Ebsteins disease

Ebstein's disease Description, Causes and Risk Factors: Congenital downward displacement of the tricuspid valve into the right ventricle. Alternative Names: Ebstein anomaly, Ebstein malformation. ICD-9-CM: 746.2. Ebstein's anomaly also called as Ebstein's malformation. It is a heart defect in which the tricuspid valve is abnormally formed and placed lower than normal in the right ventricle. The tricuspid valve normally has three “flaps” or leaflets. In Ebstein's anomaly, one or two of the three leaflets are stuck to the wall of the heart and do not move normally. The valve is lower than normal in the right ventricle. Often there is also a hole (atrial septal defect) in the wall between the heart's two upper chambers. Because the tricuspid valve is malformed in Ebstein's anomaly, it often doesn't work properly and may leak. If the valve leaks, some of the blood pumped by the right ventricle goes backwards through the valve with each heartbeat. This may result in significant enlargement of the right atrium. In more extreme cases the size of the right ventricle is too small to allow for enough blood to go to the lungs. Types: Type A: This is a mild form of the disease in which valvular dysplasia is discrete, the leaflet displacement is mild and consequently the right ventricular volume and functionality are barely affected. Tricuspid regurgitation is usually trivial, if not present. Type B: In this form, leaflet dysplasia and caudal displacement are moderate and the atrialized portion of the right ventricle is larger. Tricuspid regurgitation is mild-to-moderate. Type C: The atrialized portion of the right ventricle is large, the anterior cervical leaflet is redundant, but has limited motion. Type D: The right ventricle is almost completely atrialized; hence the cavitary volume is confined to the outlet portion. The anterior leaflet is immobile. Symptoms:Ebstein's If the leakage of the tricuspid valve is moderate or severe, symptoms including exercise intolerance and swelling of the abdomen and legs may develop. Heart rhythm problems may also occur. In general, the earlier symptoms develop, the more severe the disease. Some patients may have either no symptoms or very mild symptoms. Others may worsen over time, developing blue coloring (cyanosis), heart failure, heart block, or dangerous heart rhythms. People with Ebstein's anomaly may have a rapid heart rhythm called supraventricular tachycardia (SVT). An episode of SVT may cause palpitations. (You feel your heart racing.) Sometimes this is associated with fainting, dizziness, lightheadedness or chest discomfort. If you have these symptoms, contact your doctor. If your symptoms persist, seek immediate attention. Recurrent SVT may be prevented with medicines. In many cases, the source of the abnormal heart rhythm may be treated by a catheter procedure called radiofrequency ablation. See the Arrhythmias section for more information. If the valve abnormality is especially severe, you may have decreased stamina, fatigue, cyanosis and sometimes fluid retention. These problems usually develop because the valve has become leakier. If you have these symptoms, contact your cardiologist. The symptoms may respond to medicines such as diuretics, which cause you to lose excess fluid. In some instances surgery (described above) may be recommended. Diagnosis: Tests that can help diagnose this condition include: Magnetic resonance imaging (MRI) of the heart.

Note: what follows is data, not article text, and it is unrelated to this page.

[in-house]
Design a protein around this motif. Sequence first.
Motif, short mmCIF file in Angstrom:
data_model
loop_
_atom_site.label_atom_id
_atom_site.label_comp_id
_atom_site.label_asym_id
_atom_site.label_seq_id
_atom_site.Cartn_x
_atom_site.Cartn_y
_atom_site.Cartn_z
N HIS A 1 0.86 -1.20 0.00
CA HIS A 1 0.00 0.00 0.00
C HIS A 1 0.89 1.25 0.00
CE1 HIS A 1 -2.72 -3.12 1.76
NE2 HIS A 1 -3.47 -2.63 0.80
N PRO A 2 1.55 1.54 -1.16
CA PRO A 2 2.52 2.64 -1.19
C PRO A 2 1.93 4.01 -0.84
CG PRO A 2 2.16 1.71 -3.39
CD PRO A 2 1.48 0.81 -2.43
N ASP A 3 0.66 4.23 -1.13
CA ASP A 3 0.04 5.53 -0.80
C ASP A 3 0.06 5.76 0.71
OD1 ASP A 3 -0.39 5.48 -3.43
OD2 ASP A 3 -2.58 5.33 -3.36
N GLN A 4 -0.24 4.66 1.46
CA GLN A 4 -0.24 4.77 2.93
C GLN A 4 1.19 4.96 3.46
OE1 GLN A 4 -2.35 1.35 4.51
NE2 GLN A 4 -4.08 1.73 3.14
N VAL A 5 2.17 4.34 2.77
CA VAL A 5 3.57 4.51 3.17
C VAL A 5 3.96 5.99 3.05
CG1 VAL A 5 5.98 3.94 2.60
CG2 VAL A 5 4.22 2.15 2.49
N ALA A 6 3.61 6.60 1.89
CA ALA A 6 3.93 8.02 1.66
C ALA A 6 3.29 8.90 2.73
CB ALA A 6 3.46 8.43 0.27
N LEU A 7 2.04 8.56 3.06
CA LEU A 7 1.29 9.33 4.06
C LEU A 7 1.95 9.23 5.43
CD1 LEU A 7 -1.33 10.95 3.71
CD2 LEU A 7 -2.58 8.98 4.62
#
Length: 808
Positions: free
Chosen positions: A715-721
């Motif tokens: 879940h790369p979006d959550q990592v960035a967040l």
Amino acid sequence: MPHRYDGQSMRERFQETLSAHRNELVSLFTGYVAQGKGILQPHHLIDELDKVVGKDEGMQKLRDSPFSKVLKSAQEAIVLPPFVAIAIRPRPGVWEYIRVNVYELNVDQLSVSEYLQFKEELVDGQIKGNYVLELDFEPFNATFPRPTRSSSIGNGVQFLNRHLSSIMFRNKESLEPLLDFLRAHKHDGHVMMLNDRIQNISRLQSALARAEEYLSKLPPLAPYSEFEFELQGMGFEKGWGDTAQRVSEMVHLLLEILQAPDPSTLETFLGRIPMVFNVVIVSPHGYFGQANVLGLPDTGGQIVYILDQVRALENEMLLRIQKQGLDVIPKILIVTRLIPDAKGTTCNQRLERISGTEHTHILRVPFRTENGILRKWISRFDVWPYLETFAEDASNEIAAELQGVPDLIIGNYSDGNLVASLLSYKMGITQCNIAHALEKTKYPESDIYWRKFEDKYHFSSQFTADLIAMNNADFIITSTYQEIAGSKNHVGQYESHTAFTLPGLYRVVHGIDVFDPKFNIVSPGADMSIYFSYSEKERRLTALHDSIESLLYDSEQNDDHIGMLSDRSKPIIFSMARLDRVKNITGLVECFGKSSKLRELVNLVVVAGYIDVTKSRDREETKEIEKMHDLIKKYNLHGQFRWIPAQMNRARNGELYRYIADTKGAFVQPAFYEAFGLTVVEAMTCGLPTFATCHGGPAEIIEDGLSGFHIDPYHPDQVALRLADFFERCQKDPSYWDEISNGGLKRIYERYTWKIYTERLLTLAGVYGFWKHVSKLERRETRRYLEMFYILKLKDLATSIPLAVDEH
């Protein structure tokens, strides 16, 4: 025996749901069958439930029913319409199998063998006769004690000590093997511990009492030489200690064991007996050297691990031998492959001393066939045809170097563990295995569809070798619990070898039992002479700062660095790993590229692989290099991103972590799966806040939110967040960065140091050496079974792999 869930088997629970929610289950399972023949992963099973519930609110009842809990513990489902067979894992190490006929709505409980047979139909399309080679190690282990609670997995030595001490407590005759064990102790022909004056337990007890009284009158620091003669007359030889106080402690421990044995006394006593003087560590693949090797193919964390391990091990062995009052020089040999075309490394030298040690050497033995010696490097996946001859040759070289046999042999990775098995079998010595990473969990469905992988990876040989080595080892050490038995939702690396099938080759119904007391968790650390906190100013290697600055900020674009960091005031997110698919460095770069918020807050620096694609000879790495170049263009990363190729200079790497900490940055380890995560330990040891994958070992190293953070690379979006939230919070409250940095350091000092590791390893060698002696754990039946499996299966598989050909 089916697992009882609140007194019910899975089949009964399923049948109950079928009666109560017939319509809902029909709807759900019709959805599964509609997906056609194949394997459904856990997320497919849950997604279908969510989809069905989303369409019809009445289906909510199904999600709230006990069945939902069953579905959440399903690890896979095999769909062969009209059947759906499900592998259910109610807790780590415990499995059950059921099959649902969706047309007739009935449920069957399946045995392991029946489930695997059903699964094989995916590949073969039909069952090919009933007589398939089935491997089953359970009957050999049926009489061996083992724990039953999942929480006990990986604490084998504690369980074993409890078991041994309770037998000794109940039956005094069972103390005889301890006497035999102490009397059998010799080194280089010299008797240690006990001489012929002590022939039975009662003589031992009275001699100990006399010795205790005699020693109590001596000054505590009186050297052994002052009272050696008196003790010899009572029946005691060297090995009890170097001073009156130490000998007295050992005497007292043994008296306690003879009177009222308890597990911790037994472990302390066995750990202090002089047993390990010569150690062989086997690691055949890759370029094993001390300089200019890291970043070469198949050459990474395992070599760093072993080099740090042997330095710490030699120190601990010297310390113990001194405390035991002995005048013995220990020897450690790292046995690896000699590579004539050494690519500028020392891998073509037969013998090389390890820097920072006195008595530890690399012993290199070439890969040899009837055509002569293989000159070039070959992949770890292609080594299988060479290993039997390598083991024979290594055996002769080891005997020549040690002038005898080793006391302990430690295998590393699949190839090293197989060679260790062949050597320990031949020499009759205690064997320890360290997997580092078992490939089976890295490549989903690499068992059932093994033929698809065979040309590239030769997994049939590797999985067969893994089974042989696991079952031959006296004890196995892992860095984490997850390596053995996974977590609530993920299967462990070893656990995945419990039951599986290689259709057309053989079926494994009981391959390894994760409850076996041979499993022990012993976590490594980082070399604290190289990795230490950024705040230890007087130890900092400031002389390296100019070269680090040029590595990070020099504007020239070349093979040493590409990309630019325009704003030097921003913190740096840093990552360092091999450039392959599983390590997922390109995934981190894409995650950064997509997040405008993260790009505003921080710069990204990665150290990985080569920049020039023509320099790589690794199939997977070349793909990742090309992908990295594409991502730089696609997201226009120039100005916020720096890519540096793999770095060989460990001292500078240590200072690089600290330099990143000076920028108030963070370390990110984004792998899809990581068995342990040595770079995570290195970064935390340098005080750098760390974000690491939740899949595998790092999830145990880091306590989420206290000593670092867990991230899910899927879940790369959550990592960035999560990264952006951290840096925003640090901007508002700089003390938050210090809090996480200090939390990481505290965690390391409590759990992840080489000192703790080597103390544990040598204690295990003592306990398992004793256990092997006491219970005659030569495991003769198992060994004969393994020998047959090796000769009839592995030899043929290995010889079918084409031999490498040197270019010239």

• Chest x-ray.
  • Measurement of the electrical activity of the heart (EKG).
  • Ultrasound of the heart (echocardiogram).
Newborns who have a severe leakage across the tricuspid valve will have very low levels of oxygen in their blood and significant heart swelling. The doctor may hear abnormal heart sounds, such as murmur, when listening to the chest with a stethoscope. Besides getting information from routine exams, the cardiologist may use tests such as electrocardiograms, Holter monitor and echocardiograms. Treatment Options: Treatment depends on the severity of the defect and the specific symptoms. Medical care may include: Medications to help with heart failure.
  • Oxygen and other breathing support.
  • Surgery to correct the valve may be needed for children who continue to worsen or who have more serious complications.
Patients with mild tricuspid valve leakage are unlikely to require surgery at any point. Patients with more moderate or severe leakage may need initial or subsequent surgery. Patients who have undergone pacemaker placement need close follow-up and eventually may need their pacemaker replaced. DISCLAIMER: This information should not substitute for seeking responsible, professional medical care.


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